For anyone reading the cultural tea leaves, the trend is clear: When it comes to the long-running "War on Drugs," the people want pot off the battlefield. Where, once, marijuana was considered a major gateway drug, the scourge of playgrounds and classrooms everywhere, and demonized beyond all rational thought, it's now being accepted as less harmful than alcohol.
Indeed, over time, the stigma associated with weed has faded, and with its possible medicinal benefits and psychotropic applications constantly being touted, we are seeing massive support for legalization. States like Colorado and Oregon have already turned their citizens' desire to light up into a full-blown cottage industry, collecting taxes on the sale and along with other administrative and bureaucratic fees, are filling their drained government coffers with millions in recreational-use revenue.
But there is another reason the tide is turning against criminalization. Statistically, simple marijuana possession is the most indicted crime in the US. Put another way, more people are arrested for having a joint or a bud in a baggy, than were arrested for any other major crime in the country. More than murder. More than burglary. More than all other offenses...combined. Yes, you read that right. Combined.
In 2016, 587,700 people were busted for marijuana. Now, this is not some made up statistic. It's part of the FBI's annual report of crime in the US. When you consider that in said calendar year, pot was already legal in some parts of the country, it's a staggering figure. There were more arrests in 2016 than in 2015, and even more unsettling is how disproportionally affected people of color are/were. Indeed, African Americans are six times more likely to go to jail for simple possession than their Caucasian counterparts. They are also anywhere from 3.73 to 10 times more likely to be brought up on charges initially.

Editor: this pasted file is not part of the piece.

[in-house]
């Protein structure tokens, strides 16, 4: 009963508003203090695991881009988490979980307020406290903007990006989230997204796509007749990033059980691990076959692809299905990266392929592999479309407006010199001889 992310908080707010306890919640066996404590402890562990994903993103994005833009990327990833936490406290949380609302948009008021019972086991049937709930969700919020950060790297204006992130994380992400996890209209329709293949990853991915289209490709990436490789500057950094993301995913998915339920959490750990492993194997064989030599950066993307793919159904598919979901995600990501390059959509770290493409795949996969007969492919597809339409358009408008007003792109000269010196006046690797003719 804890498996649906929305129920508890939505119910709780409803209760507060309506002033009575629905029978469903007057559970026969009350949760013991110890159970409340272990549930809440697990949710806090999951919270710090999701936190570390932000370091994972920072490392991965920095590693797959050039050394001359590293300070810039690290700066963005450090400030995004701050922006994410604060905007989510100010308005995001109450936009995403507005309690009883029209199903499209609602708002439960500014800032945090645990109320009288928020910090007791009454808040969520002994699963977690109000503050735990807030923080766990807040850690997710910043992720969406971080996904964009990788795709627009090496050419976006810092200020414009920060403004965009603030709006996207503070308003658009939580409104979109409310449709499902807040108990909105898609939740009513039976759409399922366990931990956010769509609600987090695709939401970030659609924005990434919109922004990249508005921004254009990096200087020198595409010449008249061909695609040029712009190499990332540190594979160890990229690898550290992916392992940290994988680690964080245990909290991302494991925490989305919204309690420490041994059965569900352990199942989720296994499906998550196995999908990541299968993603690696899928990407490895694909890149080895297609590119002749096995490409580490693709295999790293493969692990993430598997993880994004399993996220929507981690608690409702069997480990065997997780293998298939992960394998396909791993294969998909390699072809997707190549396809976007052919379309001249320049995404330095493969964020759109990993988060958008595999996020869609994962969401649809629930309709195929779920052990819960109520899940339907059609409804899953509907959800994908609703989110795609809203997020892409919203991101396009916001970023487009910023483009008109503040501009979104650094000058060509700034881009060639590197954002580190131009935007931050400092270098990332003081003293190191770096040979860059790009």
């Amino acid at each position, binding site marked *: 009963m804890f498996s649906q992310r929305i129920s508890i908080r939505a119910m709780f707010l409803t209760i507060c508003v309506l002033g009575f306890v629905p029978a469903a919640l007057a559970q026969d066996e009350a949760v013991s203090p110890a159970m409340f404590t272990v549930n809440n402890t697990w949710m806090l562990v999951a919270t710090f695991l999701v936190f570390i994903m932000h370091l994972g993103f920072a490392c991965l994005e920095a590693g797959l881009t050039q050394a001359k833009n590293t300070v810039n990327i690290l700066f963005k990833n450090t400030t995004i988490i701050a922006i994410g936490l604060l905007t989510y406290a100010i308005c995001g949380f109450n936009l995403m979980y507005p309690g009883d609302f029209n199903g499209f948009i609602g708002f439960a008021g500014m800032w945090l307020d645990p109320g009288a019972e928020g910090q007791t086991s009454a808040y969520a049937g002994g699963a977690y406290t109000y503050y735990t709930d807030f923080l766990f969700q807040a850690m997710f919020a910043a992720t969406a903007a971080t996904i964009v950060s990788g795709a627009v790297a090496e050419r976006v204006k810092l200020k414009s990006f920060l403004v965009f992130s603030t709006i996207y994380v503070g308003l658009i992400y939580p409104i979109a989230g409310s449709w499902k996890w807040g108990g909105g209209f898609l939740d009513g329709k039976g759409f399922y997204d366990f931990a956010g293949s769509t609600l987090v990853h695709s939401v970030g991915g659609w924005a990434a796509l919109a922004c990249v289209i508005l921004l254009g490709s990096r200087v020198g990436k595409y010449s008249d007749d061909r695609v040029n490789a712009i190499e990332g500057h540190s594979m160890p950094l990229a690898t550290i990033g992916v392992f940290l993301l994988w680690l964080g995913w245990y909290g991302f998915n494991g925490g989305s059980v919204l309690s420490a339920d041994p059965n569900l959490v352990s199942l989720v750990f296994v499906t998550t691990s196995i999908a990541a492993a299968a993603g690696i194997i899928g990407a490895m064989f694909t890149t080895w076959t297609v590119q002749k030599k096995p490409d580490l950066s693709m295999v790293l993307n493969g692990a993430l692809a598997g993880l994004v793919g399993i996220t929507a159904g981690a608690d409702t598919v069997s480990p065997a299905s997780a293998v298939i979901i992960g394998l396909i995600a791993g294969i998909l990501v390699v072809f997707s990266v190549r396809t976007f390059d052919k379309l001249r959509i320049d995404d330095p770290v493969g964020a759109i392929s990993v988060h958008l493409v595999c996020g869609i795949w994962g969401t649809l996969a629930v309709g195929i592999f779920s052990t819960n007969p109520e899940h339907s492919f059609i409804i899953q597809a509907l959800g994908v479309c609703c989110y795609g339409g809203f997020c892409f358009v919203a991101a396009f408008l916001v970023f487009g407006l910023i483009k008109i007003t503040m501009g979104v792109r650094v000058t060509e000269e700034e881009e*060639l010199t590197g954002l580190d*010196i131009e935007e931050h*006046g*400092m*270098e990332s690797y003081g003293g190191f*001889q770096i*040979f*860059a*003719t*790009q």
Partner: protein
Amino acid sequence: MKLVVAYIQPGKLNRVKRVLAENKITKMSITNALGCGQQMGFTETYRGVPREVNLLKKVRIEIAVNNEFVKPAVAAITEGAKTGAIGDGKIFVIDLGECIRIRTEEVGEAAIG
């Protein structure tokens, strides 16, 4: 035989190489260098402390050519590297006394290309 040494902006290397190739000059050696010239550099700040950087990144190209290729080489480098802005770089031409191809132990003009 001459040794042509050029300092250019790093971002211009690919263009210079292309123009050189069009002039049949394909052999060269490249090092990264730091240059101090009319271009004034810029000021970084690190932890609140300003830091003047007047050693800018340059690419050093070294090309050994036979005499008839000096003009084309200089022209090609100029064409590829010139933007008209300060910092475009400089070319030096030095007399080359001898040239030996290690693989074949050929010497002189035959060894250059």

The impact of what many experts consider to be an injustice level of mass incarceration is obvious - one race targeted more than others; more people with criminal records; more difficulty finding employment, housing, and other pubilc amenities; the loss of many civil and legal rights; more stress and work for police; long lines in courtrooms, and overstuffed prisons loaded with people who more than likely don't belong there. Remember, this is happening during a time when cannabis is seeing a surge of support, even with a current Attorney General who seems determined to turn the clock back on all the progress we've seen so far.
Hopefully, things will change in 2018. Until then, you should be aware of the penalties for simple possession in your state and remember - until the law changes, there's a real threat that a single slip in judgment can cost you everything.
Attorney, Brian Lee Nash has nearly a decade of experience working with a wide range of clients. He brings a vast amount of knowledge, drive, and determination to every case he works with.
If you have been arrested for possession or some other manner of drug-related crime or offense, please contact Nash Law, PLLC today at 615-628-7555.
This article was written by the author on behalf of Nash Law, PLLC.